The Nature Conservancy takes fun approach to environmental education

Posted Aug. 05, 2013, at 1:27 p.m.
Cara Chancellor of The Nature Conservancy posed recently with King Neptune at the Maine Lobster Festival. The five-day celebration was one stop on the environmental advocacy group's ongoing tour of Maine fairs, festivals and farmers' markets with a goal of educating more people about the importance of conservation and nature in Maine.
Nature Conservancy photo
Cara Chancellor of The Nature Conservancy posed recently with King Neptune at the Maine Lobster Festival. The five-day celebration was one stop on the environmental advocacy group's ongoing tour of Maine fairs, festivals and farmers' markets with a goal of educating more people about the importance of conservation and nature in Maine.

ROCKLAND, Maine — Misty Edgecomb of The Nature Conservancy was a woman on a mission last week at the Maine Lobster Festival in Rockland.

Wearing a bright red lobster crown, Edgecomb lured unsuspecting bystanders to come talk to her by asking a funny trivia question about the environment in Maine. But the humor masked a serious sentiment: the need to get the word out to a broader part of the population about the importance of protecting the state’s natural environment.

“We wanted to get people in Maine to think about conservation as not just saving pretty places,” Edgecomb, originally of Aroostook County and a former BDN reporter, said Monday morning. “Natural resources are the heart of the economy in Maine. Because we have abundant natural resources, we sometimes take them for granted.”

The nonprofit environmental advocacy group’s summerlong campaign, Nature is ME, is funded by a grant from the Elmina B. Sewall Foundation and encourages both broad education and awareness efforts and active engagement among Mainers and those who love Maine. People are invited to take daily challenges through the campaign’s website and enter to win a prize from the $15,000 prize pool, which includes gift certificates, ski packages and more.

“We want to do something that talks to people about why nature matters,” Edgecomb said. “There’s too many environmental groups just talking with each other. You can get a lot more done when you’re not preaching to the choir.”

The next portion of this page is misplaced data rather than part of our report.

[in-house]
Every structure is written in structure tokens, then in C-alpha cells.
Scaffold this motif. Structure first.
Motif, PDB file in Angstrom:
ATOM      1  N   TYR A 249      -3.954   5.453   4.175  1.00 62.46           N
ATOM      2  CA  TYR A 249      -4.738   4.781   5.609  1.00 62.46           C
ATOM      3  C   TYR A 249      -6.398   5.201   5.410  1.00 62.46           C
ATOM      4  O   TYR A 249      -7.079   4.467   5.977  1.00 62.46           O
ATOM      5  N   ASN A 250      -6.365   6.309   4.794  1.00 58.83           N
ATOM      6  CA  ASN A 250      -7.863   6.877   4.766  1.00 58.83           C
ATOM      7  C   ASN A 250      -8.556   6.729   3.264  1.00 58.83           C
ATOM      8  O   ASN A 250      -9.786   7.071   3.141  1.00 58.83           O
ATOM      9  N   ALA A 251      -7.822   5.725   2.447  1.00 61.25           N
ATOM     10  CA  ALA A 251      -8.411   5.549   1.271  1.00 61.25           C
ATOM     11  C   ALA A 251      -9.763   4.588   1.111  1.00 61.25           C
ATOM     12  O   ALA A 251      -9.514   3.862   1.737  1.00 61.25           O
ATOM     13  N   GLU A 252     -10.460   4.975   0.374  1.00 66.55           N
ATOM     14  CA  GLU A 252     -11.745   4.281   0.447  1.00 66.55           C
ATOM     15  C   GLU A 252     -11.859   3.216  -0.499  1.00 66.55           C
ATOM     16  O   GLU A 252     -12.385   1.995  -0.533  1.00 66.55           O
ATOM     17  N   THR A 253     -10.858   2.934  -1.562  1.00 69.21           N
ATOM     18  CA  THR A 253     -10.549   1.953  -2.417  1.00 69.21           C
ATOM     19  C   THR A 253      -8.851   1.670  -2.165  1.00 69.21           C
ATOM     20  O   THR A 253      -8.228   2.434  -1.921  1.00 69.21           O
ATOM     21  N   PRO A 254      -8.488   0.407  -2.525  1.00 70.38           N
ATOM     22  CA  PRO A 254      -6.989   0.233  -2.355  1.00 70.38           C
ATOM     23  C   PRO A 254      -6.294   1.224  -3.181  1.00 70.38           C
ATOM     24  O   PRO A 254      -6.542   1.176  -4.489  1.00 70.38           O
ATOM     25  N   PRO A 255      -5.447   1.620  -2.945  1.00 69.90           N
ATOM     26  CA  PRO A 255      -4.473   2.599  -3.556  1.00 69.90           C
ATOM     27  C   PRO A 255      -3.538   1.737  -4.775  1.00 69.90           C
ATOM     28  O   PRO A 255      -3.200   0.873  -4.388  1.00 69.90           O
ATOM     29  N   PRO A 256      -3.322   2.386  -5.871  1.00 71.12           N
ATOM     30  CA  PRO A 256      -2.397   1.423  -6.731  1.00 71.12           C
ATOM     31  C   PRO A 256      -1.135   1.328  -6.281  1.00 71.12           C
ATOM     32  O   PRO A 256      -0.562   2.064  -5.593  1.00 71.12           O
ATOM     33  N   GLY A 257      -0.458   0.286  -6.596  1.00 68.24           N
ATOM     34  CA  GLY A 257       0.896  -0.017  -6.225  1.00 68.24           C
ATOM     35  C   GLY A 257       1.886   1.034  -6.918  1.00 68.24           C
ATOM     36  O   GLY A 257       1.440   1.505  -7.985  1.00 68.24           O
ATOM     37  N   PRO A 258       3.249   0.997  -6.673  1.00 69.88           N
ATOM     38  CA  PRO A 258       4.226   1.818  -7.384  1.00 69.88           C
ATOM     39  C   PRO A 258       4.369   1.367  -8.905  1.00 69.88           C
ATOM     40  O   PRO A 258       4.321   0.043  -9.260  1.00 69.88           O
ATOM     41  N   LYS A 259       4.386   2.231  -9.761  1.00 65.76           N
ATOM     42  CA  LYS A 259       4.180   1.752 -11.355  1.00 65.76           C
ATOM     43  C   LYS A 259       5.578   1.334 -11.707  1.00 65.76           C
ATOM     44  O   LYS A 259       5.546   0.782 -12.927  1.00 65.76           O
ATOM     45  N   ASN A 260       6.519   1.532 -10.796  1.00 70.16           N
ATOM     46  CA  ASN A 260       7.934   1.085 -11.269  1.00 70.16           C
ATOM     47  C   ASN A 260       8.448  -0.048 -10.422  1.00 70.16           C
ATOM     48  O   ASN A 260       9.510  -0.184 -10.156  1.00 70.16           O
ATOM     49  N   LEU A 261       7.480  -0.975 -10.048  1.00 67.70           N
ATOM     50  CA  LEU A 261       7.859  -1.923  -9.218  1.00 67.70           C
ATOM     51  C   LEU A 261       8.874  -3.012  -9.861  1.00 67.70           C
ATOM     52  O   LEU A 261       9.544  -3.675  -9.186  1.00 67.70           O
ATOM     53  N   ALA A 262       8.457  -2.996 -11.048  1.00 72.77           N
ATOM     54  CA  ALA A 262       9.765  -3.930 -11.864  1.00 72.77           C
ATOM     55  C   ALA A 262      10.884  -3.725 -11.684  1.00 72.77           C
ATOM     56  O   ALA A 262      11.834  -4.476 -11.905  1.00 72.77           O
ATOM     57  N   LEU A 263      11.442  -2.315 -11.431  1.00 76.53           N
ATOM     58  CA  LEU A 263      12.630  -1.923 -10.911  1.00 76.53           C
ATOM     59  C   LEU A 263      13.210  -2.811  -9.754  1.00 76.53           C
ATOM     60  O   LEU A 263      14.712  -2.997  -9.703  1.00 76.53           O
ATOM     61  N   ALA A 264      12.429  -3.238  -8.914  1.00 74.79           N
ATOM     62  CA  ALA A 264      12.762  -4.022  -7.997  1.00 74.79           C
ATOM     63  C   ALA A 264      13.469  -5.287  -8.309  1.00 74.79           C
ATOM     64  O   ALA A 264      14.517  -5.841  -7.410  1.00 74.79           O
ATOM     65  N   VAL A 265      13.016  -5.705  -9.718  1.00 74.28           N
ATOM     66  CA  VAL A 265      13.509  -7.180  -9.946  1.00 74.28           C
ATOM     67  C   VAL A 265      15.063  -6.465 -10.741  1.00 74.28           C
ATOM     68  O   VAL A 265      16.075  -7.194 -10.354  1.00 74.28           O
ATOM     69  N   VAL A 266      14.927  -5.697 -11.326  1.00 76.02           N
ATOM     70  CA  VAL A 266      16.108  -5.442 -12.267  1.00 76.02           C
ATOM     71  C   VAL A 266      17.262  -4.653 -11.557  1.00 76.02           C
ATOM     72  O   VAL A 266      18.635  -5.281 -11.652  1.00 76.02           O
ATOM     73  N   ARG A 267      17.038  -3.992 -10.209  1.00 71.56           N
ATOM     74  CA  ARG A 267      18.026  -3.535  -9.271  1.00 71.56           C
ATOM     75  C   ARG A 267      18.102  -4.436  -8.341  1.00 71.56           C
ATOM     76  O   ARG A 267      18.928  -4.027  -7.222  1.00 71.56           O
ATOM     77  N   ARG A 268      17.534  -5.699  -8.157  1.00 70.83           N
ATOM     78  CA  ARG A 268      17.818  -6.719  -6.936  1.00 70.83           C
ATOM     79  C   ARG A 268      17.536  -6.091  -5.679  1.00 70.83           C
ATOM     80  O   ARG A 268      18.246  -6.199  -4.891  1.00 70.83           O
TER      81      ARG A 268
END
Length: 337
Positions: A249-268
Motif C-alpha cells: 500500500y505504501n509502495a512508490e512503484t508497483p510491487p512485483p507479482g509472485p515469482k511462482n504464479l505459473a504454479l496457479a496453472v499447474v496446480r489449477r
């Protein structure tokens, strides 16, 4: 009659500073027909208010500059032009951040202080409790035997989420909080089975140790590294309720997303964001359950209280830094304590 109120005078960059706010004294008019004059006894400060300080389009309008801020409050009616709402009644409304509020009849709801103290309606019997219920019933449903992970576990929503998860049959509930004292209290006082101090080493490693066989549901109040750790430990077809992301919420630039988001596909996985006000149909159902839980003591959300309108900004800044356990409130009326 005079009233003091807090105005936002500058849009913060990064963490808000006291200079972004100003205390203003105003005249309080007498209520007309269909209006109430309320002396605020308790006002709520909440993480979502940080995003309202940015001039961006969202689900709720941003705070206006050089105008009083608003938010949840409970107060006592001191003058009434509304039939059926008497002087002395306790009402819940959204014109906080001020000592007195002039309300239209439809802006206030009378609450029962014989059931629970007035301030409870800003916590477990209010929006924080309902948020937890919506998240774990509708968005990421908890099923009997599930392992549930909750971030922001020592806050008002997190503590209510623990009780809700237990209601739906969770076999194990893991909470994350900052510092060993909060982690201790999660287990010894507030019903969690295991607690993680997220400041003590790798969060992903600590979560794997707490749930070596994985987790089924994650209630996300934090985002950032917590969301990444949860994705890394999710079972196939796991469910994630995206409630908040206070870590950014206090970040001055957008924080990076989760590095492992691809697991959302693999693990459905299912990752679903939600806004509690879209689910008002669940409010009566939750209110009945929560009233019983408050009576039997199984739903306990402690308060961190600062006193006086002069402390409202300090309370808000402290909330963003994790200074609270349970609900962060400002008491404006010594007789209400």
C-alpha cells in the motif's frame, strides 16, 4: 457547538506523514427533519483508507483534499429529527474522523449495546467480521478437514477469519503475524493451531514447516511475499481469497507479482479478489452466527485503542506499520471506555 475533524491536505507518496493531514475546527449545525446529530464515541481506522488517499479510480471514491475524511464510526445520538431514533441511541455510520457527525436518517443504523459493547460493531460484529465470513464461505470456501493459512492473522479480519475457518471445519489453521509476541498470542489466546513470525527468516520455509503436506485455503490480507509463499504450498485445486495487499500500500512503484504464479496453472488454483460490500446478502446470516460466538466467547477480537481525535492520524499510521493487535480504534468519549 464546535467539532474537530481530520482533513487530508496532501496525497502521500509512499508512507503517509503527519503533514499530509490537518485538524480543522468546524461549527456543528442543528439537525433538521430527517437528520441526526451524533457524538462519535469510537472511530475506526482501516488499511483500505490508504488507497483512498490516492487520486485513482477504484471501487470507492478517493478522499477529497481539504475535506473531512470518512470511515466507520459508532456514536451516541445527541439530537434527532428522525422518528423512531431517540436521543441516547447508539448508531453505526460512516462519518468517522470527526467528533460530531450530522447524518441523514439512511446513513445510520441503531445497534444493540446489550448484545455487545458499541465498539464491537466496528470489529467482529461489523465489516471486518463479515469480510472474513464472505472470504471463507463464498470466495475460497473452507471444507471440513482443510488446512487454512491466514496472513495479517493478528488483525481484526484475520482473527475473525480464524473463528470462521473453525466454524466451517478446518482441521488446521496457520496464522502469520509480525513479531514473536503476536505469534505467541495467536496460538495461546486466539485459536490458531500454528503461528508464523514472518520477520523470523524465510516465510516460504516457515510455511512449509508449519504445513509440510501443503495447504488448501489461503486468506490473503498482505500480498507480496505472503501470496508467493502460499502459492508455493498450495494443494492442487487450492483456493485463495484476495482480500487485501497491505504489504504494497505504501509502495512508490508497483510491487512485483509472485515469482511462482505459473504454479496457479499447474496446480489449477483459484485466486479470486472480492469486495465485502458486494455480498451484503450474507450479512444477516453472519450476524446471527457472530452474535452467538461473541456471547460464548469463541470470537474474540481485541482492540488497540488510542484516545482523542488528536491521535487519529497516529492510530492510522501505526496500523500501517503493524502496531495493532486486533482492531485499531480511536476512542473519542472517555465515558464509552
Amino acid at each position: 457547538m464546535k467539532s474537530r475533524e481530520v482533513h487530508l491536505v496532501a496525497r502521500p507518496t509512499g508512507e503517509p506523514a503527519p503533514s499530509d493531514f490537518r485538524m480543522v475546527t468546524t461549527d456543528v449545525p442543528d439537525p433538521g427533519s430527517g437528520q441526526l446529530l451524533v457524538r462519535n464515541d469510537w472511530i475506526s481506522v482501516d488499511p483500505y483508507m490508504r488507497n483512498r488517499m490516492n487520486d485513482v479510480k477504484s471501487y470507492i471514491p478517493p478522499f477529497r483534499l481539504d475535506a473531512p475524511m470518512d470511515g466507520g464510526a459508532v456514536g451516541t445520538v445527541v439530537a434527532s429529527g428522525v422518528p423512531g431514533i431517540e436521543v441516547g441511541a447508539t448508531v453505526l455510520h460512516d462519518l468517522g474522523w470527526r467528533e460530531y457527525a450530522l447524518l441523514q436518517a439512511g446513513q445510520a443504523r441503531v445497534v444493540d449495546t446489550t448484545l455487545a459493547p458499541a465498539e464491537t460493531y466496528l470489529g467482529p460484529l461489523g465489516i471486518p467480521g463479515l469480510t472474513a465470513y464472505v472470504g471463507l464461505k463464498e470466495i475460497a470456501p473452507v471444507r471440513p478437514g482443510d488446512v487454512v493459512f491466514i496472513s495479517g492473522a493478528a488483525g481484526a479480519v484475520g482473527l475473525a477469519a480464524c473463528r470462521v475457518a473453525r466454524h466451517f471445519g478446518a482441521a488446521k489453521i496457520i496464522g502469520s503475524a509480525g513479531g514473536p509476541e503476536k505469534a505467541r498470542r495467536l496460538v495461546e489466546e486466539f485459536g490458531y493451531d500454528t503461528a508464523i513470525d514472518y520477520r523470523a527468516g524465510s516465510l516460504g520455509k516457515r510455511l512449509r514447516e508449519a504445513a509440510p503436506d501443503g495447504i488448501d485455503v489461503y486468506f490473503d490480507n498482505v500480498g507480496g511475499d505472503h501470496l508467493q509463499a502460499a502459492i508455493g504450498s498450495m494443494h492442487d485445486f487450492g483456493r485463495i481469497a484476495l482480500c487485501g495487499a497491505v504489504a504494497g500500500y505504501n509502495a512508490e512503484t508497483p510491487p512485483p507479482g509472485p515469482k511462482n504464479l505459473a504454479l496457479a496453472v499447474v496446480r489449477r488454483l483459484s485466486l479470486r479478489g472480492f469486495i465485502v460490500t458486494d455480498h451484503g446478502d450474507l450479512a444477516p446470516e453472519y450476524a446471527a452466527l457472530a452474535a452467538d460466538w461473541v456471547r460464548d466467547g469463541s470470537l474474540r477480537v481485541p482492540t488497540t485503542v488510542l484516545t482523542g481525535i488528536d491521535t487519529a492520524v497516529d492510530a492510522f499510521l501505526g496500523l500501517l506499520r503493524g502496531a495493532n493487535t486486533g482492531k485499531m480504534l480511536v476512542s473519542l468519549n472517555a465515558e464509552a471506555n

So she and others from The Nature Conservancy who worked at the Maine Lobster Festival donned the lobster crown and generally acted like carnival barkers to entice folks into conversation, asking questions including the source of their community’s drinking water supply. In Rockland, it’s Mirror Lake in Rockport. But one popular wrong answer given by many, she said, was “Poland Springs.”

“People don’t always make the connection,” she said.

Many did, however. She estimated that over the five-day festival, she and others talked to at least 1,200 people about Maine’s environment. Knowledge levels varied from “nil to people who were schooling me.”

“I had people who’d say, ‘I’m a clammer. You need a question about clams.’ They’d help me write a question on the spot,” Edgecomb said.

The question they came up with asked if hods are used to measure clams, blueberries, potatoes, Moxie or Allen’s coffee brandy. The correct answer, of course, is clams — but the others made people laugh, she said.

“Sometimes, the people who grow up here don’t see the value of nature. Sometimes, it takes fresh eyes,” Edgecomb said.

The Nature Conservancy’s show will remain on the road through the autumn, making stops at the Machias Blueberry Festival, the Blue Hill Fair, the Common Ground Fair and at area farmer’s markets.

For information, visit nature.org/ourinitiatives/regions/northamerica/unitedstates/maine.

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